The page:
To be honest, I was shocked. Here was a woman who had worked for Cosmo for over 20 years sharing her story about how her boss encouraged them to lie in order to sell a way of life. She even wrote a book about how she feels that she helped the sexual revolution. It’s not something she’s proud of in any way.

One of the greatest surprises I’ve found since becoming Catholic has been the discovery of a movement of feminism that I had never been introduced to before. It’s one that embraces life, because as women, we are the bearers of life in our womb and the ones that issue forth life into the world. It is our unique role. Not only does the Church see the beauty in biological motherhood, but it also recognizes that all women play a role in taking care of life in some capacity. Religious sisters give enormous amounts of time caring for the sick, poor, and unloved. Some women take on the noble role of loving orphans and adopting them into their homes. The Church has numerous female saints that are honored for the many different ways they made the world a better place because of their love of Christ. Some female saints are considered Doctors of the Church which is an extremely high honor.

And…Mary. We have Mary. We honor her in her unique role as the Mother of God and hold her in great esteem.

As women, we are the caretakers of those that are the most vulnerable, because we understand what it is like to be vulnerable. It is so contrary to our nature to side with death and destruction. Women are givers. We pour out everything we have to make sure others feel loved and when there seems nothing more to give, we pour more. We make houses homes. Where there is callousness, we bring compassion. Where there is hurt, we rush to heal. Where there is ugliness, we want to bring beauty. We are smart and creative. We have much to offer and give. I love being a woman and I love what we bring to the world. We are equal in our dignity and worth to men, but we are different in what we bring to the table and how we bring it. This doesn’t make us less; it makes us needed.

The world doesn’t need what women have; 

it needs what women are. 

–Edith Stein, a Catholic Religious Sister and Canonized Saint

The feminism that I witnessed in college was bitter, ugly, destructive and uninspiring. What I’ve learned through the Catholic Church about true womanhood and through reading the lives of heroic female saints is joyful, beautiful, life-giving, and inspiring. When I learned through the podcast that women were sold a big fat lie to press an agenda, I was sickened. I was angry.

I still hesitate to call myself a feminist and the reasons are not because I hate my own gender. I believe that the label of feminist carries with it so much baggage. If it had stayed true in its form of championing women’s rights, I think I could get on board. My husband always says that you must work to get people on your team and I think in this day and age the word feminism draws a line in the sand. You feel forced to commit to it or be against it and I hate that.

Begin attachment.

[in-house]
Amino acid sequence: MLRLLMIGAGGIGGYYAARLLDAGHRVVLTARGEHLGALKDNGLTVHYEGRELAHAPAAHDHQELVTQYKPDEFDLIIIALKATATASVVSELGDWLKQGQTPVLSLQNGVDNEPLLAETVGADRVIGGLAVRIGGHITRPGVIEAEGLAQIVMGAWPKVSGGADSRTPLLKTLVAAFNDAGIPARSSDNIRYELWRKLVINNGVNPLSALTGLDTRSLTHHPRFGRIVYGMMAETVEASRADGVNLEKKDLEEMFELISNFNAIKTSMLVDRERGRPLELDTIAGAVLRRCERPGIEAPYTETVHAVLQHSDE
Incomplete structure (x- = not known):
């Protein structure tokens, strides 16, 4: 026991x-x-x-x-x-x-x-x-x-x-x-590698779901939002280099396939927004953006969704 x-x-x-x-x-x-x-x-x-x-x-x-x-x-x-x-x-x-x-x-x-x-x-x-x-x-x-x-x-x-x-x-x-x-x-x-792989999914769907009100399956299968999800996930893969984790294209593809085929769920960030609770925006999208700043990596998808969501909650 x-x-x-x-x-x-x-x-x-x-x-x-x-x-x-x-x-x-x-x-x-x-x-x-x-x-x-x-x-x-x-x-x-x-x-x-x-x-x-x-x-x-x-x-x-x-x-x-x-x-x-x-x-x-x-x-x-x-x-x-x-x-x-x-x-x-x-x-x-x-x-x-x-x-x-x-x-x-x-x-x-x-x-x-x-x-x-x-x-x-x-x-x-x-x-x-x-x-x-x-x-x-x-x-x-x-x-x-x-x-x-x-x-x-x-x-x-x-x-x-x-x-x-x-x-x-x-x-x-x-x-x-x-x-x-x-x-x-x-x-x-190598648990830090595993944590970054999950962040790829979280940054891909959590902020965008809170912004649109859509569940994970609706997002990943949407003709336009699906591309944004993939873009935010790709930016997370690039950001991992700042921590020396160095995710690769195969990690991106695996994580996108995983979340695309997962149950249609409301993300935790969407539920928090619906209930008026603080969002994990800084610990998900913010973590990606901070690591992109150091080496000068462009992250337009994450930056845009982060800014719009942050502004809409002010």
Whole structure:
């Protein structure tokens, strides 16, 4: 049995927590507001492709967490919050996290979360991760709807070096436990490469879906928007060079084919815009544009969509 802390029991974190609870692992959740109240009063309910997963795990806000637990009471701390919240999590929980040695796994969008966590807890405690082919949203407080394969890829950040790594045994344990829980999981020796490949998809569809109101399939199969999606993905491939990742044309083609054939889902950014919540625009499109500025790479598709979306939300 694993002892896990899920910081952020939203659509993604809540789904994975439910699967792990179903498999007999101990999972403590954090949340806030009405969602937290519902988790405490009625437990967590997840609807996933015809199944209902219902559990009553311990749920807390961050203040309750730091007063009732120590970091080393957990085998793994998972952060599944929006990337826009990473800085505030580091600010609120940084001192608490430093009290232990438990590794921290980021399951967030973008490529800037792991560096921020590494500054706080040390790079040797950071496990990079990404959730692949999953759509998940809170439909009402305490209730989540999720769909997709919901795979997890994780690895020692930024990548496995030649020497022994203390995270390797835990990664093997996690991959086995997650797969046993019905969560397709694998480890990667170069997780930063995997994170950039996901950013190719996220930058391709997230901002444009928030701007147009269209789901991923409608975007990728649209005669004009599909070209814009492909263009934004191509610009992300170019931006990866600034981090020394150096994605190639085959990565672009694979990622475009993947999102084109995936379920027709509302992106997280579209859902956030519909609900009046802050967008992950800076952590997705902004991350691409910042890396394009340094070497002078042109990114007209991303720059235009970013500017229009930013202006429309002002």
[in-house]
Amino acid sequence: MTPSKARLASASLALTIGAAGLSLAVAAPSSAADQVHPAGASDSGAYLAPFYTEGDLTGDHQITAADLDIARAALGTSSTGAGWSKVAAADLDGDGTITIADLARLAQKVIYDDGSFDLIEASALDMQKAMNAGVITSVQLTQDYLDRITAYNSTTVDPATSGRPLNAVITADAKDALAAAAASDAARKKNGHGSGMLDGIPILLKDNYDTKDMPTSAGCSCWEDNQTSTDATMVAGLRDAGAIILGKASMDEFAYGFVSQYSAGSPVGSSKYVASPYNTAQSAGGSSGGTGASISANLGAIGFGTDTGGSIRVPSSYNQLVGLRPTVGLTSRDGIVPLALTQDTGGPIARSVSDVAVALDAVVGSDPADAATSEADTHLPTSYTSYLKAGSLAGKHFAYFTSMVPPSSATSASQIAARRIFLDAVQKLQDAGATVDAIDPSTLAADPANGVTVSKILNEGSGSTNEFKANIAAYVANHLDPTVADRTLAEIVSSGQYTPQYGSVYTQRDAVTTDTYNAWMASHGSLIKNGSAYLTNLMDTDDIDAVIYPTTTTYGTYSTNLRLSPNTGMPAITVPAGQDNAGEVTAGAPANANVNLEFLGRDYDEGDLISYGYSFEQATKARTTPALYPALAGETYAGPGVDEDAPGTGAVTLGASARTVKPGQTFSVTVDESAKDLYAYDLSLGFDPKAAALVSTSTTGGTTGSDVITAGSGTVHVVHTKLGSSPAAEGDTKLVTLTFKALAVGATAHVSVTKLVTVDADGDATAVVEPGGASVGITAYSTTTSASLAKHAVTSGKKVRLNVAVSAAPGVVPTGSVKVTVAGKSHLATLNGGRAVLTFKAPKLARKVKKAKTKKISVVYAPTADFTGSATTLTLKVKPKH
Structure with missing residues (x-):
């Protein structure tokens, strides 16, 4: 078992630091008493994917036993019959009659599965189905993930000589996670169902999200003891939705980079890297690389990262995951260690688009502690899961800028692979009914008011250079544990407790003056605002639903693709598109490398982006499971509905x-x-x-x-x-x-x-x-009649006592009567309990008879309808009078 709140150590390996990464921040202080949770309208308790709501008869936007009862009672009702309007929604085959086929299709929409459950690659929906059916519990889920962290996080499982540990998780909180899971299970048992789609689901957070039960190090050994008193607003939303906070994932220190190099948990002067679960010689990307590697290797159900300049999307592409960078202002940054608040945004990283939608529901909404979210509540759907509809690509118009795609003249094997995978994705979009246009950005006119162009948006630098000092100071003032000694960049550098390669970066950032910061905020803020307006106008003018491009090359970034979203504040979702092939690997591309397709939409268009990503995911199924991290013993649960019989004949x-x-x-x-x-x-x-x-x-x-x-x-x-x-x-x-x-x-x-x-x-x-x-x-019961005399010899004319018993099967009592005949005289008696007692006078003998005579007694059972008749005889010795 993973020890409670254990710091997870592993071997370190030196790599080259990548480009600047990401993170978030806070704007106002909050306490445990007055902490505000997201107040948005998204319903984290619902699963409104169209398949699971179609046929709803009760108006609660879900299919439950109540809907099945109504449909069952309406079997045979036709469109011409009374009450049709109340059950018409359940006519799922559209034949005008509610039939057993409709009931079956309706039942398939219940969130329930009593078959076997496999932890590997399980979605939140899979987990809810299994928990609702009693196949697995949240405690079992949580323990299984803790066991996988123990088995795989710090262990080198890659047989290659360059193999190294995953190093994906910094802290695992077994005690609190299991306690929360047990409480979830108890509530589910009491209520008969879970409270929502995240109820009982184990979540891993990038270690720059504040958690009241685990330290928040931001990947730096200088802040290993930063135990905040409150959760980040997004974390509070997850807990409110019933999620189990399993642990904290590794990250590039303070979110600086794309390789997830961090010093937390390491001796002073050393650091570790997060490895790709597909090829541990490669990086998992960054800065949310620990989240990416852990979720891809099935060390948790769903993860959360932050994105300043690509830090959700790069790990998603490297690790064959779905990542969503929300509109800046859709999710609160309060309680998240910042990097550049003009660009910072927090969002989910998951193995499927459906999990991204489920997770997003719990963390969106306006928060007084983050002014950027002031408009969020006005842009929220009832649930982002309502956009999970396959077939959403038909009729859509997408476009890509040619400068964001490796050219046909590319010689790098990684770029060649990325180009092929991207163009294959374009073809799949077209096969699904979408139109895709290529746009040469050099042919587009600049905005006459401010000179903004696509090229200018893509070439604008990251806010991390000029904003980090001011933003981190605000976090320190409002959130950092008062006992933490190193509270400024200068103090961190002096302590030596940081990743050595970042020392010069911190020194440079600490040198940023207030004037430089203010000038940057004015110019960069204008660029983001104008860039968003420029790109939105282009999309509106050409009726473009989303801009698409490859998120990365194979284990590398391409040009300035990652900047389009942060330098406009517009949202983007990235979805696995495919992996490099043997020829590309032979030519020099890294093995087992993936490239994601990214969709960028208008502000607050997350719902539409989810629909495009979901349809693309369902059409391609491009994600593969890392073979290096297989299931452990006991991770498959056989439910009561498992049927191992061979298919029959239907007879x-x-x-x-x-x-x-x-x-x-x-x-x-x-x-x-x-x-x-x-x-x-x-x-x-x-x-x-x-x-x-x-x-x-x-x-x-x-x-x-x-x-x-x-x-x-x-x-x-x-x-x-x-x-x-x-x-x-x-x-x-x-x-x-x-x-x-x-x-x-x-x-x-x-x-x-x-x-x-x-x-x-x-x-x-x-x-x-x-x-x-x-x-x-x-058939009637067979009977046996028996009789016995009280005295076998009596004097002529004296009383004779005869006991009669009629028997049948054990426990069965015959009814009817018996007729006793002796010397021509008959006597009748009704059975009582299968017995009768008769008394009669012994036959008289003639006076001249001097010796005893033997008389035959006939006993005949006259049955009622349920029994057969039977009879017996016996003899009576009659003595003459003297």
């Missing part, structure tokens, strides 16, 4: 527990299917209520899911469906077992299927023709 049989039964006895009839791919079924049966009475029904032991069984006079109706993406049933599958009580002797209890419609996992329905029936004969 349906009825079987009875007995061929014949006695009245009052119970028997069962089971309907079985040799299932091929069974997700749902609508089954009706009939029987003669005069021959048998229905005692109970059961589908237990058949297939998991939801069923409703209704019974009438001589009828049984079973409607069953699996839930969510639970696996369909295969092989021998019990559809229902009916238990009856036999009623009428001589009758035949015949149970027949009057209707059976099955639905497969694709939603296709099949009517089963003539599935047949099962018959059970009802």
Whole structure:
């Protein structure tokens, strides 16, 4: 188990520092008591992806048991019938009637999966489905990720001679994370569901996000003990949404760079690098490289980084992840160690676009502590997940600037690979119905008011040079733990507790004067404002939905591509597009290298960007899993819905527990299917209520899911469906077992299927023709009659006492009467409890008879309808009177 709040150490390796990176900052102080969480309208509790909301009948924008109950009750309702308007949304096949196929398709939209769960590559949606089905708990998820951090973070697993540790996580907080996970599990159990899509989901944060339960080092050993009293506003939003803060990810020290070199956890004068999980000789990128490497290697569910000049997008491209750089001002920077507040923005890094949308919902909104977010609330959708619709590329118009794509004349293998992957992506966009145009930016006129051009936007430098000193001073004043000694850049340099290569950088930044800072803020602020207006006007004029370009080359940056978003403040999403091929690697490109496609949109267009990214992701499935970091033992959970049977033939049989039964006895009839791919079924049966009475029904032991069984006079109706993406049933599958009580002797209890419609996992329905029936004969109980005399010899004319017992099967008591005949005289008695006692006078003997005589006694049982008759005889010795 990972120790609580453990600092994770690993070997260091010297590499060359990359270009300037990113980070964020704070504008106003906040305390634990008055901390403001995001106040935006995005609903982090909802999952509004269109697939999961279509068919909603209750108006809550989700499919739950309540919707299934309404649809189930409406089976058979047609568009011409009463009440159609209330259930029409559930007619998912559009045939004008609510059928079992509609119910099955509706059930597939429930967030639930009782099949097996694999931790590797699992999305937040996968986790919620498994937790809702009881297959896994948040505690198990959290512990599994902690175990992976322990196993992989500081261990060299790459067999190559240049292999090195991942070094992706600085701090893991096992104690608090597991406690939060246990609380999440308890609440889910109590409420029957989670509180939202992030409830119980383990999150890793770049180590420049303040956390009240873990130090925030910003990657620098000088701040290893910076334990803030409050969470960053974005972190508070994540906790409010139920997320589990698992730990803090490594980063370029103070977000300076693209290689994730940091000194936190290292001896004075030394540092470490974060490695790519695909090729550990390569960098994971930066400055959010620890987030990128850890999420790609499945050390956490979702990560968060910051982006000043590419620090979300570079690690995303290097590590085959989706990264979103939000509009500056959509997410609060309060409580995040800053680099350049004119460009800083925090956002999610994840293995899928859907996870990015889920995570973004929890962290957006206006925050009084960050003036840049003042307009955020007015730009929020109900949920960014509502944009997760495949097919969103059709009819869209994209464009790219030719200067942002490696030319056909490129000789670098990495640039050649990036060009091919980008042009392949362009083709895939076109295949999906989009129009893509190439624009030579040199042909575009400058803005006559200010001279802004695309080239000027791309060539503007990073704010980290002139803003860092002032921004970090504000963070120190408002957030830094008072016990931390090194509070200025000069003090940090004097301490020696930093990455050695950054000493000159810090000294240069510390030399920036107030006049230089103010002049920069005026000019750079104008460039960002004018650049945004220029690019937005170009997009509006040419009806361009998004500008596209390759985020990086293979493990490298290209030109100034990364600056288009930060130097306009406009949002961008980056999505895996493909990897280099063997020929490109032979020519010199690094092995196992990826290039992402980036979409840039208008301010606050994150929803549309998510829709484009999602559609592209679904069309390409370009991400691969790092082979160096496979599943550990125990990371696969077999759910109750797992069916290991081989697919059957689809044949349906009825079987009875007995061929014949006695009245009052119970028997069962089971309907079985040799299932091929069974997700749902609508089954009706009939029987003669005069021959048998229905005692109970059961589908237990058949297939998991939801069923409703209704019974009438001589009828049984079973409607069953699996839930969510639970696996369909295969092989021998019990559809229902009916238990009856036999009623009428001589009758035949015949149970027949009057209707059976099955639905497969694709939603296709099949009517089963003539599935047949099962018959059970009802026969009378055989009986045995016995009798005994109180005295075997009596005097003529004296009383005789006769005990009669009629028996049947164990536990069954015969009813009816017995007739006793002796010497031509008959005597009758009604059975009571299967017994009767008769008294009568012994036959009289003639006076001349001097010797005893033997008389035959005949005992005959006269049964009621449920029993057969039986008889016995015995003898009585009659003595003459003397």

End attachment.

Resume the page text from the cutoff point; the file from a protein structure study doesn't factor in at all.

Jesus is not just for men, He is for women, too. Jesus is not just for the rich, He is most definitely for the poor. He is for children, the elderly, Jews and Gentiles, the disabled, the forgotten, and everyone in between. He is universal, which is what the word Catholic means. Catholic means universal and I’d like to think that is what I am. Each of these groups needs our support and help. Obviously, historically, women have needed to fight for equality and rights. This was good and right and there is still work to be done. As a mother of a son, though, I am also concerned with the state of manhood. Authentic manhood, as God intended, is being assaulted and, therefore, I must work to change the tides there, as well.

I don’t begrudge the movement of many women to change the face of feminism into something better. My past experience with feminism and the way I feel it has been highjacked by the secular culture is troublesome to me, making me hesitant to wear that label. So, I will just call myself Catholic. I can be proud of calling myself that because I know that it means I stand for life, no matter how small. It means that I stand for supporting women in pursing work or staying home. It means that I love to celebrate when a momma announces her pregnancy whether it’s her first or her sixth. It means I can realize that not all men are bad and that most of them truly want to do right by the ones they love. It means that I can stand for equality in the workplace. It means that I can rejoice in being a woman and not feel that I have to be more like a man to have worth. It means that what I bring to the world, as a woman, is needed.

 

The book I referred to is called Subverted: How I Helped The Sexual Revolution to Hijack the Woman’s Movement by Sue Ellen Browder.

The podcast I listened to is from Catholic Answers and I highly recommend listening to it.

2 comments

  1. sonrie says:

    I really found your post interesting, and have from time to time thought very similarly to what you have expressed here. I’m going to listen to that podcast!

    • Amy Thomas says:

      It really helped me to flesh out my thoughts. It’s something I’ve struggled to articulate. It’s a very interesting podcast and I’m definitely interested in reading the book.